Ariadne by Jennifer Saint

Published: 2021 Genre: Fantasy 1. First lines. 2. Cover: Hachette 3. Ariadne. Boston Library [CC BY 2.0] via flickr 4. Theseus Minotaur mosaic [Public Domain] via Wikimedia

In Greek mythology, Ariadne was a Princess of Crete. Her brother, the Minotaur was half-man, half-beast and roamed the labyrinth under the castle but he is slain by Perseus, a Prince of Athens. There are many versions of this story and in this retelling Ariadne, who with her sister Phaedra has helped Perseus to slay the Minotaur, flees Crete with Perseus leaving Phaedra behind. Ariadne is abandoned on the lonely island of Naxos where she meets the God of wine, Dionysus, and remains there with him bearing his children.

“I would not let a man who knew the value of nothing let me doubt the value of myself.”

“Ariadne” by Jennifer Saint
  • Glanceabook: The retelling of this ancient Greek myth feels fresh and modern. Told entirely from the point of view of Ariadne and her sister Phaedra, the story explores the themes of feminism and heroism. The drama and pathos of Ancient Greek culture is portrayed in excellent writing and it is compulsive reading.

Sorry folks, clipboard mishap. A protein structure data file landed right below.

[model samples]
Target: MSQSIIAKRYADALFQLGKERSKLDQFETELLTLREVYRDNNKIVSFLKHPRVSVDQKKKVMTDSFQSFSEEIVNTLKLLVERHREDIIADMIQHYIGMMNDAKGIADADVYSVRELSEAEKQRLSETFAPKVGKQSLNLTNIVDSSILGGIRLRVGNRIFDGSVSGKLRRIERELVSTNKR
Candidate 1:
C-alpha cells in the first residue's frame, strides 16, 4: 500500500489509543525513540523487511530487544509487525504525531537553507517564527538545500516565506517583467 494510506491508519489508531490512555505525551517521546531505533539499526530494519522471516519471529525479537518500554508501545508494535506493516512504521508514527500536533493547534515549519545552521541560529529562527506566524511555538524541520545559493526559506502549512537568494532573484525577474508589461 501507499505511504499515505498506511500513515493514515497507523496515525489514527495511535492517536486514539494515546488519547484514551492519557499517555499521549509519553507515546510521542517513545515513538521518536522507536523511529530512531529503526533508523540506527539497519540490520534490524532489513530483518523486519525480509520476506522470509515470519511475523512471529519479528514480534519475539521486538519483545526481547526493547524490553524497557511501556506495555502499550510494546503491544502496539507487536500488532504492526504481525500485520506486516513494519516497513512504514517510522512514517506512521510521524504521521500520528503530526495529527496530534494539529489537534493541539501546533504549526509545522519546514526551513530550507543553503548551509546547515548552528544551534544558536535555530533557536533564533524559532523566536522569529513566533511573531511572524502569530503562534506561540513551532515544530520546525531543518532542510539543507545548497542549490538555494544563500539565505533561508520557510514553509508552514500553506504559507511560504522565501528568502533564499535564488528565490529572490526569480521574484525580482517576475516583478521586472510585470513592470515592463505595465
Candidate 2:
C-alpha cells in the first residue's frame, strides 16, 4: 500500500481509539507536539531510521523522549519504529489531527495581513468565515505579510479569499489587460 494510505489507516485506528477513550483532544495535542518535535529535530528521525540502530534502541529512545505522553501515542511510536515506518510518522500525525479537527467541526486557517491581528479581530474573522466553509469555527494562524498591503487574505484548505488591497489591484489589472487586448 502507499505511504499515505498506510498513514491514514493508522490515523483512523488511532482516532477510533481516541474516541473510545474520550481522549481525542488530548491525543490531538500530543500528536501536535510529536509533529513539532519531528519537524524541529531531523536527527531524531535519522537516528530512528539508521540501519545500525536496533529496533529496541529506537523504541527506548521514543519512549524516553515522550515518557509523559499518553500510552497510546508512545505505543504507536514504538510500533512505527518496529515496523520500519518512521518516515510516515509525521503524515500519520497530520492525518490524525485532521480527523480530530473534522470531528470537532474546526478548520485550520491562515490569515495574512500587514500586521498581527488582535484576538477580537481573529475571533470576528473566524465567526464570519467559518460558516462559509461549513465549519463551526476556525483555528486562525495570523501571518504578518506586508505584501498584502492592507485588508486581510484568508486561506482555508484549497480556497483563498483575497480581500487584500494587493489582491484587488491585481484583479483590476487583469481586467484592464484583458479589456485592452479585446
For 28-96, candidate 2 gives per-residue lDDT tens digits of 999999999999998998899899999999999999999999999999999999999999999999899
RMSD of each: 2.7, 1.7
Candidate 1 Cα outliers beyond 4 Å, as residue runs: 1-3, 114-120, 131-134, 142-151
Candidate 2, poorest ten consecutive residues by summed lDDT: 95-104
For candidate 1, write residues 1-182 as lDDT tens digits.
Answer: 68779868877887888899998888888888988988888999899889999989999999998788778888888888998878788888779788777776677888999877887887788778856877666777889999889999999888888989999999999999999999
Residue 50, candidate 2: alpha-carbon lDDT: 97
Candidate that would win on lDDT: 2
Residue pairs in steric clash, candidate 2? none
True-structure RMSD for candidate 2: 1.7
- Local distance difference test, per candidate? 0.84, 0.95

• The AU Review: Ariadne remains an engaging read, and Saint makes fine use of the malleability of mythology to change perceptions of hero, god, and victim. Whether it would have benefited from extra space for Phaedra, or, alternatively, a more streamlined focus is up for debate, but Ariadne herself carries the bulk of the novel with the expected dignity of a Minoan princess – beleaguered but battling on.”
  • Readings: “Blood-soaked and visceral, Ariadne isn’t simply the story of the naive princess of Minos who betrays her family for love and is betrayed herself. It is the story of a girl who grows into adulthood and learns her own strength. It’s the story of two sisters who are bound by the violence committed against their mother. And it’s the story about how history celebrates the glory of men, when perhaps it should remember the sacrifices of women.”


“As a child, the twists and turns of the palace at Knossos were endlessly fascinating to me. I would loop through the bewildering multitude of rooms, skating my palm across the smooth red walls as I drifted through snaking passageways. My fingers traced the outline of the labrys – the double-headed axe engraved into stone after stone.”

“The King of Crete … “compelled Daedalus to construct his most awesome and ambitious creation yet: a mighty labyrinth set beneath the palace floor, a nightmare of twisting passages, dead ends, spiralling branches, all leading inexorably to its dark centre. The lair of the Minotaur.”

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